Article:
Eight years into his 11-year prison term, Liu Xiaobo, China’s only Nobel Peace Prize winner, is dying. He is the greatest champion of democracy in a country where there are many others also detained by the Communist Party, which insists those convicted are not dissidents but criminals.
Tried in 2009 for subversion, Liu has just been moved under police guard into a hospital and diagnosed with inoperable liver cancer. While his original sentence aroused an international outcry, followed by the award of the prize in Oslo — where his chair was empty — the recent news of a fatal illness provoked demands that he be allowed to go abroad for possible treatment. Liu himself has said he would prefer to die in the West —as long as his wife, the indomitable Liu Xia, who has been under house arrest in Beijing for almost as long as her husband’s prison sentence, can accompany him, together with her brother, another political prisoner.
Two foreign doctors, one American and one German, who recently saw Liu in hospital, have said he could be moved abroad safely but it would have to be soon.
None of us who were in China during the ‘Beijing Spring’ of 1989, when demonstrations that began in April in Tiananmen Square spread to several hundred cities, can forget the dramatic appearance of Liu Xiao-bo. Hearing of the events while a visiting scholar at Columbia University, he hurried back to be part of the greatest spontaneous uprising in China since the Communist victory in 1949. Until his arrival, the calls — extraordinary enough — had been for an end to official corruption and the reinstatement of party general secretary Hu Yaobang, who died soon after his sacking for remarks about Chinese behaviour in Tibet. What Liu did, with his legendary wild gesticulations, was to remind the protestors that what China needed most was democracy. By this he meant precisely what readers of The Spectator mean by the word.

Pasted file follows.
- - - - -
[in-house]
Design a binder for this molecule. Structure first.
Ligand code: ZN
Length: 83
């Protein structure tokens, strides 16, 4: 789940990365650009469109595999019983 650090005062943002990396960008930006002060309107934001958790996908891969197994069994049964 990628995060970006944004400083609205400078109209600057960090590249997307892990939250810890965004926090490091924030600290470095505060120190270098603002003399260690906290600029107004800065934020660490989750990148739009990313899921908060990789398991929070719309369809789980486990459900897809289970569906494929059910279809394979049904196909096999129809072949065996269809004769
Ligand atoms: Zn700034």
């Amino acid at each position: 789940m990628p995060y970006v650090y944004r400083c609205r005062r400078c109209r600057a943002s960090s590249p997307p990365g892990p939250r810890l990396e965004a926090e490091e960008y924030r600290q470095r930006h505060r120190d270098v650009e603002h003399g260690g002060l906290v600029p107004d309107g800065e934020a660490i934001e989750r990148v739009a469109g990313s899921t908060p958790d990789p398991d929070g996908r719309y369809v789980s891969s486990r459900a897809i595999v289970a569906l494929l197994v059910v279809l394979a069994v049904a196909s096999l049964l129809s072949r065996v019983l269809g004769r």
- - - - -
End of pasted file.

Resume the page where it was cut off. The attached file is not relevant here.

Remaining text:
In China, above all, it meant the end of Party rule. After the bloody smashing of the demonstrations, on the night of 3-4 June, Liu was imprisoned for three years, as were many others. After his release he associated himself with Charter 08, whose text he did not write, but whose detailed calls for democracy made clearer than ever that Party authority must end. Soon Liu was arrested again, tried, and sentenced to 11 years behind bars, a heavy sentence even in China. He was allowed to speak just before being taken away, although the judges cut him short. ‘I have no enemies and no hatred,’ he said. ‘None of the police who monitored, arrested, and interrogated me, none of the prosecutors who indicted me, and none of the judges who judged me are my enemies…
‘Enemy mentality will poison the spirit of a nation, incite cruel mortal struggles, destroy a society’s tolerance and humanity, and hinder a nation’s progress toward freedom and democracy. That is why I hope to be able to transcend my experiences as I look upon our nation’s development and social change, to counter the regime’s hostility with goodwill, and to dispel hatred with love.’
Two years later he was awarded the Nobel. A friend recalled what Liu Xiaobo told him years before. ‘We are lucky to live in this time and this place, China,’ Liu said. ‘It may be difficult for us, but at least we do have a chance to make a very, very large difference. Most people in their lifetimes are not offered this kind of opportunity.’
China’s president, Xi Jinping, is now overseeing new crackdowns on human rights advocates. He has taken to praising Mao, who had been somewhat ignored in China for a few years. Xi just visited Hong Kong to mark the 20th anniversary of its transfer to Beijing’s authority: five booksellers in the territory who were about to provide books on subjects hated by Beijing had already been kidnapped back to the mainland. An ardently pro-Beijing chief executive of Hong Kong, Carrie Lam, has just assumed office. China’s ambassador in London told the BBC last week how Hong Kong has now flourished under China’s encouragement.
What can Britain learn from Liu Xiaobo? Anson Chan, once Hong Kong’s feisty chief secretary, has emphasised that both the UK and China had agreed that Hong Kong should remain independent of Party control. When told Britain could do nothing to blunt increasing influence from over the border, Mrs Chan replied: ‘Nonsense.’
To placate Beijing, David Cameron’s government declared that it had ‘turned the page on the Dalai Lama’ — in other words, it was no longer going to make a fuss about human rights because China is so powerful. Now our government can regain some honour, by shouting loudly that Liu Xiaobo should be set free to live or die in the West.
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